Subject: Re: [boost] CMake Announcement from Boost Steering Committee
From: Edward Diener (eldiener_at_[hidden])
Date: 2017-07-27 16:30:24
On 7/27/2017 11:28 AM, Gary Furnish via Boost wrote:
> On Thu, Jul 27, 2017 at 8:40 AM, Rene Rivera via Boost
> <boost_at_[hidden]> wrote:
>> Since you are making a variety of accusations..
>> On Wed, Jul 26, 2017 at 11:01 PM, Gary Furnish via Boost <
>> boost_at_[hidden]> wrote:
>>> I've observed from the outside that basically no one was ever
>>> going to touch boost.build because the people who like it (who happen
>>> to be single points of failure for the entire boost ecosystem)
>>> basically out-shouted everyone whenever a technical discussion came
>> Prove it.
> Sure. See the discussions where if you aren't doing things the
> boost-build way and are instead a config-per-directory way your
> basically considered a second class citizen in spite of that being the
> way the rest of the oss world works.
Please give a URL to these discussions you are citing. Granted that
Boost Build creates output in a different structure than CMake does,
where you get the rest of your complaint I do not know.
> The fact that it is still
> non-obvious how to do this without touching anything besides a build
> directory is awful. This should be somewhere in big bold letters.
>>> Its not like there haven't been concerns about boost.build for
>> All build systems, heck all software, has "concerns".
> Yes but the issues that I'm talking about are things that have been an
> issue for years and never got fixed. See also silently dropping flags
> if you use a space and don't quote in bjam files (something also not
> obvious and yet important to pass compiler flags!). At least
> CMAKE/most sane build systems will put up errors somewhere along the
Are these so-called issues documented anywhere in Boost Trac ? Have PRs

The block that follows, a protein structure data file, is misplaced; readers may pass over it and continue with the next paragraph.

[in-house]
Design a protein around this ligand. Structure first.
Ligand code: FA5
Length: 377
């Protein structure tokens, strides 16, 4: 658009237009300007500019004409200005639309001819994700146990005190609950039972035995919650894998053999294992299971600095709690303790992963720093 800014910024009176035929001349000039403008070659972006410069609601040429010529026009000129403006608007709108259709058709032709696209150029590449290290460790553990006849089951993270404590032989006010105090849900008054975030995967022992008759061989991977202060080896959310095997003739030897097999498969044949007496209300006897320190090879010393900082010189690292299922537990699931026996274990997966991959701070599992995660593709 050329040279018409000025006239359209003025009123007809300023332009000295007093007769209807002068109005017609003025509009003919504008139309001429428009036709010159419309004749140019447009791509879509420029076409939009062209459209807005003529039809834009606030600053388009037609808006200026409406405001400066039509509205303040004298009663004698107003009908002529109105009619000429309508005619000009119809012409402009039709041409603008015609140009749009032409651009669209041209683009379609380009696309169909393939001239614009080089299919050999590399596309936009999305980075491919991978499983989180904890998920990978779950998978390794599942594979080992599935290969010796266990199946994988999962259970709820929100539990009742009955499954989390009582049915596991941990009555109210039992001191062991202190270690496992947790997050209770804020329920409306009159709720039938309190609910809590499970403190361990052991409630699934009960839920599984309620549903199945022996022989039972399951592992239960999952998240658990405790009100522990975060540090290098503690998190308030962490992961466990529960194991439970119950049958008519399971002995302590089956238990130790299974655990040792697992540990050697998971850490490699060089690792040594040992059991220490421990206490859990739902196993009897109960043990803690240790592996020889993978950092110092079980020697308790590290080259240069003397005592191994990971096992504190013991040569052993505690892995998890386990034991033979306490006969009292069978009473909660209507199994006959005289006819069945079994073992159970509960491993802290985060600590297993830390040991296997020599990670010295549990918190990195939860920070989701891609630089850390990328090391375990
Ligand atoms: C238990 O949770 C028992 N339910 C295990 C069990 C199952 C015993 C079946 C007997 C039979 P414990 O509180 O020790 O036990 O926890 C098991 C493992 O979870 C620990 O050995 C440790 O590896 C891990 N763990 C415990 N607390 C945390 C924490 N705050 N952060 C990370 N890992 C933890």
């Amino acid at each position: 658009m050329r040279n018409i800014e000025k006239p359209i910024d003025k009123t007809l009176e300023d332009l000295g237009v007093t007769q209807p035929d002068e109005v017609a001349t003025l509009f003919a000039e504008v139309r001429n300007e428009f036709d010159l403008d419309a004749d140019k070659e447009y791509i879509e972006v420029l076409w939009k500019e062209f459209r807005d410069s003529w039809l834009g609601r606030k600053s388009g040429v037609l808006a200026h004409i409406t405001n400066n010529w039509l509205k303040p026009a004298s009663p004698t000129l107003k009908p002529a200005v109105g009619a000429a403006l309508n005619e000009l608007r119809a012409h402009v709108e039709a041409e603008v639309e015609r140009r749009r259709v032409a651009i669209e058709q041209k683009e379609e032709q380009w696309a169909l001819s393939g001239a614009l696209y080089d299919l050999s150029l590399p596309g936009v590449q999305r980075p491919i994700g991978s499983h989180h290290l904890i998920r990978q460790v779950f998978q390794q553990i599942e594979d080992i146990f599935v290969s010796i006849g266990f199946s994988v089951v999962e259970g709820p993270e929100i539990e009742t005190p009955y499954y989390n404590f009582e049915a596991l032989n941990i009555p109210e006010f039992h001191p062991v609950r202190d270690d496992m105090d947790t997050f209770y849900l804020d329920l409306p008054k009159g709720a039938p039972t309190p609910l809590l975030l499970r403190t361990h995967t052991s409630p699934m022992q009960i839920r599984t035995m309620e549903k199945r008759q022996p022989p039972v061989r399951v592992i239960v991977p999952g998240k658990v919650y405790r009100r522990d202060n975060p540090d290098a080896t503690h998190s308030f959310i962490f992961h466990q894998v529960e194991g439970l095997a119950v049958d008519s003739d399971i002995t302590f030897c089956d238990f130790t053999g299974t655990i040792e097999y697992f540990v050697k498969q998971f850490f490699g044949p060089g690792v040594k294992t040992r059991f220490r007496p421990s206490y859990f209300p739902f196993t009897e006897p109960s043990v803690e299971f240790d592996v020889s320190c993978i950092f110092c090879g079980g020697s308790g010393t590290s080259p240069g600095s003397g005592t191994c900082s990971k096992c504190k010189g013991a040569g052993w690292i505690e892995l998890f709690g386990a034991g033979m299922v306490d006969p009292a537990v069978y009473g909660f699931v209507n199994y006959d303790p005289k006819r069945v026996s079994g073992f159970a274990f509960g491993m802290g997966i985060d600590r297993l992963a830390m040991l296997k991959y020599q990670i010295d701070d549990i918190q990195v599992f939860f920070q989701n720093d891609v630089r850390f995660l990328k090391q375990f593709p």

been created for these issues ? Have these issues been discussed on the
Boost mailing lists ? If so, please cite where.
>>> Its not like the documentation for boost.build wasn't
>>> basically "ask the mailing list or prey someone else has asked stack
>>> overflow" for years.
>> The documentation is bad compared to what other documentation?
> The documentation is bad compared to say, CMAKE, which isn't great in
> the first place.
CMake docs are just a list of various subjects without any overviews of
how to use anything. I do not call that better than Boost Build, and I
do not thing that Boost Build documentation is great either.
> Setting up an out of build directory has always been
> a pain with poorly documented flags needing to be invoked to share a
> common source directory (and its worth noting that I'm not sure its
> technically parallel safe in any reasonable way given the need to
> bootstrap and create header links and what not).
>>> Its not like every time a new version of MSVC
>>> beta comes out boost.build doesn't break and its not a priority
>>> because the maintainers of boost.build don't use MSVC.
>> Prove that it wasn't a priority. Considering that the last Boost release
>> was delayed precisely to support MSVC building.
> It was delayed to support the final release. CMAKE supported it from
> the first beta. Given that MSVC is specifically making an effort to
> implement features to be part of the standards process, this is
> basically a choice between using boost or being on MSVC's and C++
> cutting edge. Support for MSVC has basically always been this bad as
> far as I remember. It should have never been necessary to delay a
> release to support a key platform when there were four betas.
Four betas that were in constant flux but you think that it is up to